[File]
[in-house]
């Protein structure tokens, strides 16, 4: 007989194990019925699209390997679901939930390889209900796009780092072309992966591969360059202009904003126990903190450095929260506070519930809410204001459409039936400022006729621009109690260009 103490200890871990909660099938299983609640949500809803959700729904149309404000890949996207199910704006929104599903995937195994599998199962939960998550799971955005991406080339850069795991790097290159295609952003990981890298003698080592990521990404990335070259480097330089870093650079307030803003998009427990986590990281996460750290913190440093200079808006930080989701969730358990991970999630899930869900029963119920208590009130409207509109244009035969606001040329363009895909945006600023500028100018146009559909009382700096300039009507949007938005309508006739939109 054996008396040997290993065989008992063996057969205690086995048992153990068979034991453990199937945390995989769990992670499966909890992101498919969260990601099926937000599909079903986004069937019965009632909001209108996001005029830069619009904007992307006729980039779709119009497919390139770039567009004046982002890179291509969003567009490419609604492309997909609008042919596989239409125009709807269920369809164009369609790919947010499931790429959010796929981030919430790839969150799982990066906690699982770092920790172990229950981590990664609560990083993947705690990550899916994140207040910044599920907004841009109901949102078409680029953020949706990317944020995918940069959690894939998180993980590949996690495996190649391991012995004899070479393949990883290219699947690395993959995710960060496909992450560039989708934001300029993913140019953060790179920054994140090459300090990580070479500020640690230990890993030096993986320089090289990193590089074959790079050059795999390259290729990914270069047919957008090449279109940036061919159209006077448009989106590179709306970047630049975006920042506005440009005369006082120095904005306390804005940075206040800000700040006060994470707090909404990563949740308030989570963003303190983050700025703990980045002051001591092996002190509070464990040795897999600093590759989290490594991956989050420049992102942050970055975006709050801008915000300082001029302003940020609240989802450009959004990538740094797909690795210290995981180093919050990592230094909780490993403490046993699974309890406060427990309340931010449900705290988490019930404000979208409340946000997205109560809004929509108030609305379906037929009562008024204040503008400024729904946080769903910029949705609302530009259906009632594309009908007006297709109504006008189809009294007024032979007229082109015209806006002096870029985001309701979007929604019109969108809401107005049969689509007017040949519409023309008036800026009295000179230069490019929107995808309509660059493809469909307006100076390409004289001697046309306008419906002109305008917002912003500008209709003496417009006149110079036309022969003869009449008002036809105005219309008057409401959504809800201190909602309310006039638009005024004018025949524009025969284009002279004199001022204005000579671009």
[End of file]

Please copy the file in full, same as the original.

[in-house]
């Protein structure tokens, strides 16, 4: 007989194990019925699209390997679901939930390889209900796009780092072309992966591969360059202009904003126990903190450095929260506070519930809410204001459409039936400022006729621009109690260009 103490200890871990909660099938299983609640949500809803959700729904149309404000890949996207199910704006929104599903995937195994599998199962939960998550799971955005991406080339850069795991790097290159295609952003990981890298003698080592990521990404990335070259480097330089870093650079307030803003998009427990986590990281996460750290913190440093200079808006930080989701969730358990991970999630899930869900029963119920208590009130409207509109244009035969606001040329363009895909945006600023500028100018146009559909009382700096300039009507949007938005309508006739939109 054996008396040997290993065989008992063996057969205690086995048992153990068979034991453990199937945390995989769990992670499966909890992101498919969260990601099926937000599909079903986004069937019965009632909001209108996001005029830069619009904007992307006729980039779709119009497919390139770039567009004046982002890179291509969003567009490419609604492309997909609008042919596989239409125009709807269920369809164009369609790919947010499931790429959010796929981030919430790839969150799982990066906690699982770092920790172990229950981590990664609560990083993947705690990550899916994140207040910044599920907004841009109901949102078409680029953020949706990317944020995918940069959690894939998180993980590949996690495996190649391991012995004899070479393949990883290219699947690395993959995710960060496909992450560039989708934001300029993913140019953060790179920054994140090459300090990580070479500020640690230990890993030096993986320089090289990193590089074959790079050059795999390259290729990914270069047919957008090449279109940036061919159209006077448009989106590179709306970047630049975006920042506005440009005369006082120095904005306390804005940075206040800000700040006060994470707090909404990563949740308030989570963003303190983050700025703990980045002051001591092996002190509070464990040795897999600093590759989290490594991956989050420049992102942050970055975006709050801008915000300082001029302003940020609240989802450009959004990538740094797909690795210290995981180093919050990592230094909780490993403490046993699974309890406060427990309340931010449900705290988490019930404000979208409340946000997205109560809004929509108030609305379906037929009562008024204040503008400024729904946080769903910029949705609302530009259906009632594309009908007006297709109504006008189809009294007024032979007229082109015209806006002096870029985001309701979007929604019109969108809401107005049969689509007017040949519409023309008036800026009295000179230069490019929107995808309509660059493809469909307006100076390409004289001697046309306008419906002109305008917002912003500008209709003496417009006149110079036309022969003869009449008002036809105005219309008057409401959504809800201190909602309310006039638009005024004018025949524009025969284009002279004199001022204005000579671009």